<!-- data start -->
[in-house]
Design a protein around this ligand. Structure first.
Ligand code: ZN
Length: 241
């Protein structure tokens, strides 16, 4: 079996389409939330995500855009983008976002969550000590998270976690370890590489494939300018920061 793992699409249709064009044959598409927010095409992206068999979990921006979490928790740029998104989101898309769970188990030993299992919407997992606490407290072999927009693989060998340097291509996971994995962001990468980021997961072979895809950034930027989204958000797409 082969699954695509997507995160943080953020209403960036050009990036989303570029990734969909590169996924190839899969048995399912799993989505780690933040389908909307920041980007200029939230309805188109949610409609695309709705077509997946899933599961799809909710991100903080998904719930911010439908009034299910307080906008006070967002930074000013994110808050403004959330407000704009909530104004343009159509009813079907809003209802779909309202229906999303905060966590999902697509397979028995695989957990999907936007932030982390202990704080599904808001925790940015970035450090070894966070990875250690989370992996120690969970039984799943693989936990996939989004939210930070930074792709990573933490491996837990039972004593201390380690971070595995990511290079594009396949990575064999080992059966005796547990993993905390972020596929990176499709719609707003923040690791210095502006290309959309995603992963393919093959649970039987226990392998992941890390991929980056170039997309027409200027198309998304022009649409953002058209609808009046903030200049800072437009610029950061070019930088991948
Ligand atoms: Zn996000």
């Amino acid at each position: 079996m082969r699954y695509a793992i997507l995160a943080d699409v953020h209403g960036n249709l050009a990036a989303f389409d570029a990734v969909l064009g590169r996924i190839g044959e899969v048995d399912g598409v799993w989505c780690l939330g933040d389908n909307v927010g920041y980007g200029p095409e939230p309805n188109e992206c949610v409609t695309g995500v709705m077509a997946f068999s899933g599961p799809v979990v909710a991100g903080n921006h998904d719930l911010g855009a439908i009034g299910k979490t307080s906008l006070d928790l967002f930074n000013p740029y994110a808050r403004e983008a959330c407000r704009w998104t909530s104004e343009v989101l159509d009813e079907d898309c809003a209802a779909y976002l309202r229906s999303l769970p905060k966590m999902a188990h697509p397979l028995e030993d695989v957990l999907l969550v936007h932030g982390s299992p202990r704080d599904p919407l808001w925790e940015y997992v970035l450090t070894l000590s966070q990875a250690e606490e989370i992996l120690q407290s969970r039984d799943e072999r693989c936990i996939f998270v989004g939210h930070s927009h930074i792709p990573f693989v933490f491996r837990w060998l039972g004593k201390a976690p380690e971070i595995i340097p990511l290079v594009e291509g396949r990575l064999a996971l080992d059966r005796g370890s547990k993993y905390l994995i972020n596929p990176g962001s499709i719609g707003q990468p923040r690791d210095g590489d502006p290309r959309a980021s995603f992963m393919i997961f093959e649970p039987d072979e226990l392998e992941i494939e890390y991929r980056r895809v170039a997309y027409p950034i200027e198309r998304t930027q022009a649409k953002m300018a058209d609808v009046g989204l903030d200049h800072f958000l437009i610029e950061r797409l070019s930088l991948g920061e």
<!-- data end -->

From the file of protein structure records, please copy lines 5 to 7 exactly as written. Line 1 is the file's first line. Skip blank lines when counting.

């Protein structure tokens, strides 16, 4: 079996389409939330995500855009983008976002969550000590998270976690370890590489494939300018920061 793992699409249709064009044959598409927010095409992206068999979990921006979490928790740029998104989101898309769970188990030993299992919407997992606490407290072999927009693989060998340097291509996971994995962001990468980021997961072979895809950034930027989204958000797409 082969699954695509997507995160943080953020209403960036050009990036989303570029990734969909590169996924190839899969048995399912799993989505780690933040389908909307920041980007200029939230309805188109949610409609695309709705077509997946899933599961799809909710991100903080998904719930911010439908009034299910307080906008006070967002930074000013994110808050403004959330407000704009909530104004343009159509009813079907809003209802779909309202229906999303905060966590999902697509397979028995695989957990999907936007932030982390202990704080599904808001925790940015970035450090070894966070990875250690989370992996120690969970039984799943693989936990996939989004939210930070930074792709990573933490491996837990039972004593201390380690971070595995990511290079594009396949990575064999080992059966005796547990993993905390972020596929990176499709719609707003923040690791210095502006290309959309995603992963393919093959649970039987226990392998992941890390991929980056170039997309027409200027198309998304022009649409953002058209609808009046903030200049800072437009610029950061070019930088991948
Ligand atoms: Zn996000």
């Amino acid at each position: 079996m082969r699954y695509a793992i997507l995160a943080d699409v953020h209403g960036n249709l050009a990036a989303f389409d570029a990734v969909l064009g590169r996924i190839g044959e899969v048995d399912g598409v799993w989505c780690l939330g933040d389908n909307v927010g920041y980007g200029p095409e939230p309805n188109e992206c949610v409609t695309g995500v709705m077509a997946f068999s899933g599961p799809v979990v909710a991100g903080n921006h998904d719930l911010g855009a439908i009034g299910k979490t307080s906008l006070d928790l967002f930074n000013p740029y994110a808050r403004e983008a959330c407000r704009w998104t909530s104004e343009v989101l159509d009813e079907d898309c809003a209802a779909y976002l309202r229906s999303l769970p905060k966590m999902a188990h697509p397979l028995e030993d695989v957990l999907l969550v936007h932030g982390s299992p202990r704080d599904p919407l808001w925790e940015y997992v970035l450090t070894l000590s966070q990875a250690e606490e989370i992996l120690q407290s969970r039984d799943e072999r693989c936990i996939f998270v989004g939210h930070s927009h930074i792709p990573f693989v933490f491996r837990w060998l039972g004593k201390a976690p380690e971070i595995i340097p990511l290079v594009e291509g396949r990575l064999a996971l080992d059966r005796g370890s547990k993993y905390l994995i972020n596929p990176g962001s499709i719609g707003q990468p923040r690791d210095g590489d502006p290309r959309a980021s995603f992963m393919i997961f093959e649970p039987d072979e226990l392998e992941i494939e890390y991929r980056r895809v170039a997309y027409p950034i200027e198309r998304t930027q022009a649409k953002m300018a058209d609808v009046g989204l903030d200049h800072f958000l437009i610029e950061r797409l070019s930088l991948g920061e």